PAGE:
Boysenberry Pie

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Come late May and early June, my mother’s boysenberry vine comes alive with fruit. Boysenberries look like blackberries, but are actually a cross between blackberries, loganberries, and raspberries. As such they fruit much earlier in the season than blackberries, and they are more delicate in touch and taste. As a vine to cultivate, they aren’t nearly as thorny as blackberries and neither are they as invasive of a plant. I used to grow blackberries in San Francisco and it was a constant struggle to keep them from taking over the yard. (Trivia fact: the hybrid boysenberries were popularized by Walter Knott of Knott’s Berry Farm.)

This berry pie recipe is easy to put together. The tricks are to let the whole berries macerate in sugar first, and to use instant tapioca as a thickener. You can use corn starch instead of the instant tapioca, but we found that it is harder to gauge the correct amount and tapioca has a nice consistency that works well with berries.

Boysenberry Pie Recipe

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Ingredients

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  • 1 pie dough recipe for top and bottom crust
  • 5 cups boysenberries (can substitute blackberries or marionberries), rinsed, picked clean, lightly patted dry (if you use frozen berries, first defrost them and then drain them of excess moisture)
  • 1/2 cup to 3/4 cup sugar (depending on how sweet you want your pie)
  • 1 teaspoon lemon juice
  • Pinch nutmeg
  • 3 Tbsp quick cooking instant tapioca (you can find it in the baking aisle of your supermarket)
  • 1 egg, lightly beaten, for egg wash

Method

1 Put berries, sugar, lemon juice, nutmeg, and quick tapioca in a large bowl. Gently fold so that the berries are all coated with some sugar. Let sit for 30 minutes.

2 Preheat oven to 400°F. Roll out one ball of pie dough on a lightly floured surface to 12-inch diameter. Line the bottom of a 9-inch pie pan with the dough. Chill in refrigerator while you roll out the bottom crust.

3 Roll out second ball of pie dough. If you plan to do a lattice top, as pictured, prepare the dough strips as described in How to Make a Lattice Top for a Pie Crust.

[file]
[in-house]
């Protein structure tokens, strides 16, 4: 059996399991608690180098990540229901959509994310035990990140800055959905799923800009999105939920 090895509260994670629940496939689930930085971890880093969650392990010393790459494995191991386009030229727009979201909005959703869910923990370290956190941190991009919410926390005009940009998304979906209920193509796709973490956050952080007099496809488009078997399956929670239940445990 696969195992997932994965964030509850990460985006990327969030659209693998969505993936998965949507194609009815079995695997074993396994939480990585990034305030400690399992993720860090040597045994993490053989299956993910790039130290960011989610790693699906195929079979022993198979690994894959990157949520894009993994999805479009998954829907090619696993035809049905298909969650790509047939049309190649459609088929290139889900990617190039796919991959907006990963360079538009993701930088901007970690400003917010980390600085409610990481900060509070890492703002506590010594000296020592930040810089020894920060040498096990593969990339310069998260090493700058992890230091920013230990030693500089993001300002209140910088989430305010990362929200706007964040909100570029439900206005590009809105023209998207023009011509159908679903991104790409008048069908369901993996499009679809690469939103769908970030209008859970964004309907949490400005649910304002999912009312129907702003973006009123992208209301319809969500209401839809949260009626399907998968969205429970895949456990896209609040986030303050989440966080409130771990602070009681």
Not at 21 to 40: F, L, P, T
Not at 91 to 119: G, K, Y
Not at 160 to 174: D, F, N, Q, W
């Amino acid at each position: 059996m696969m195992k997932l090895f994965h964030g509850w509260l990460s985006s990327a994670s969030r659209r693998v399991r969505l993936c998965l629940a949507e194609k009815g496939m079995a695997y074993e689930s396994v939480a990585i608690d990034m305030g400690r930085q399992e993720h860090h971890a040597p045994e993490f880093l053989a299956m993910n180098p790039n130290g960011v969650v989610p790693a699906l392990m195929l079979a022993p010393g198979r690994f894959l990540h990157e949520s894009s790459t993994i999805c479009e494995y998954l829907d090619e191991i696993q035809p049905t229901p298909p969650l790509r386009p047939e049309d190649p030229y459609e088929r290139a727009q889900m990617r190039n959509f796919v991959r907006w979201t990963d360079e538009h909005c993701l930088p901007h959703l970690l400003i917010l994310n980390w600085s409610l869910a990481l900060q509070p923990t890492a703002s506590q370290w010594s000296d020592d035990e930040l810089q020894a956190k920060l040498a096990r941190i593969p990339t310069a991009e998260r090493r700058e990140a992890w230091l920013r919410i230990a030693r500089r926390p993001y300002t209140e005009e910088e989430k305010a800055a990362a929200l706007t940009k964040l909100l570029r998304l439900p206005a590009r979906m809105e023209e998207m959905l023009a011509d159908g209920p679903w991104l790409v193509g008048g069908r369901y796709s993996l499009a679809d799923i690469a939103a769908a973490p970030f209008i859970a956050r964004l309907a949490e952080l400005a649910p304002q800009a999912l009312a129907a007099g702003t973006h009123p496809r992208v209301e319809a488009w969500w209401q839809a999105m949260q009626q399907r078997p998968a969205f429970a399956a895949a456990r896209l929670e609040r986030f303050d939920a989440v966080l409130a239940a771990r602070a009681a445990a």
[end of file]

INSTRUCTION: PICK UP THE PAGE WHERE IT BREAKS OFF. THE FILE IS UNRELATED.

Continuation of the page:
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4 Scoop berry mixture into dough-lined pie dish. If you would like your pie to have a lattice top, weave strips of pie dough over the top of the fruit-filled pie dish. If you would like your pie to have a solid top, place the second rolled-out pie dough crust on top of the pie. Press ends of strips into the rim of the bottom crust. Trim the edges to 1/2-inch. Fold the edges back over themselves and crimp to seal. If you are using a solid top crust, score the top to create air vents.

Gently brush the top with beaten egg.

5 Place pie on middle rack of the oven, on a baking sheet to catch any juices that might bubble over. Bake at 400°F for 30 minutes. Place a sheet of aluminum foil over the pie to protect the edges and tops from getting burnt. Reduce the heat to 350°F and bake for an additional 30 minutes, until crust is browned and filling is bubbly.

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Remove from oven and place on a wire rack. Cool completely before serving (or the filling will be runny).

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Showing 4 of 15 Comments

  • Katie

    Boysenberry pie is a family classic for me, it brings back memories of my grandma’s pie. I tried this recipe for my very first pie ever and my whole family loved it! Boysenberry pie is now the family’s favorite dessert. Thank you for the recipe I have used it about a dozen times in the past year!

    P.s. I have used cornstarch as well as tapioca flour with great results, and I have also substituted lime for lemon when I don’t have it on hand.

  • Mary M

    Hi! I’m a bit of a baking newbie. For the instant tapioca, do we just put it in, in powdered form? So like, not pudding form? Thank you!

    Yes, use the powdered (or granular as it is more aptly described) form. Not cooked. ~Elise

  • Benjie Randall

    Elise,

    This may be a very stupid question. But do I make the instant tapioca with the milk in the microwave and add that to the mixture? Or just add the dry tapioca mix in with the berries and sugar? I’ve never baked a thing in my life but this is my fathers favorite pie and I want to make him one for Christmas
    Thank you
    Benjie

    Just add the dry instant tapioca to the filling ingredients. ~Elise

  • Ed

    Is it possible to construct and then freeze the pie before cooking?
    I’m looking to make 5-6 for a weekend event and I’d like to have them ready to bake and serve from the oven on the day.
    Thank you.

    Yes, though I haven’t done it. I’m guessing that all you have to do is put the pie together, as if it were going in the oven, wrap it in plastic and then foil, and then freeze. Just go straight from freezer to oven and cook a bit longer. If anyone has a different way of doing this, or can confirm that this method works, please let us know in the comments. ~Elise

  • Jill

    Hi Elise,

    I just made this pie! Not quite as pretty as yours, but a big hit with the husband.

    Blackberries are in season here in Northern California. This was the perfect seasonal treat.

    An extra thank you for the tips and tricks making the lattice. I would not have had the guts to try it without your help.

    One question – Whole Foods carries Tapioca starch (which I used) but not instant Tapioca. Does it matter much??

    Warm regards,

    Jill

    Tapioca starch should work fine. ~Elise

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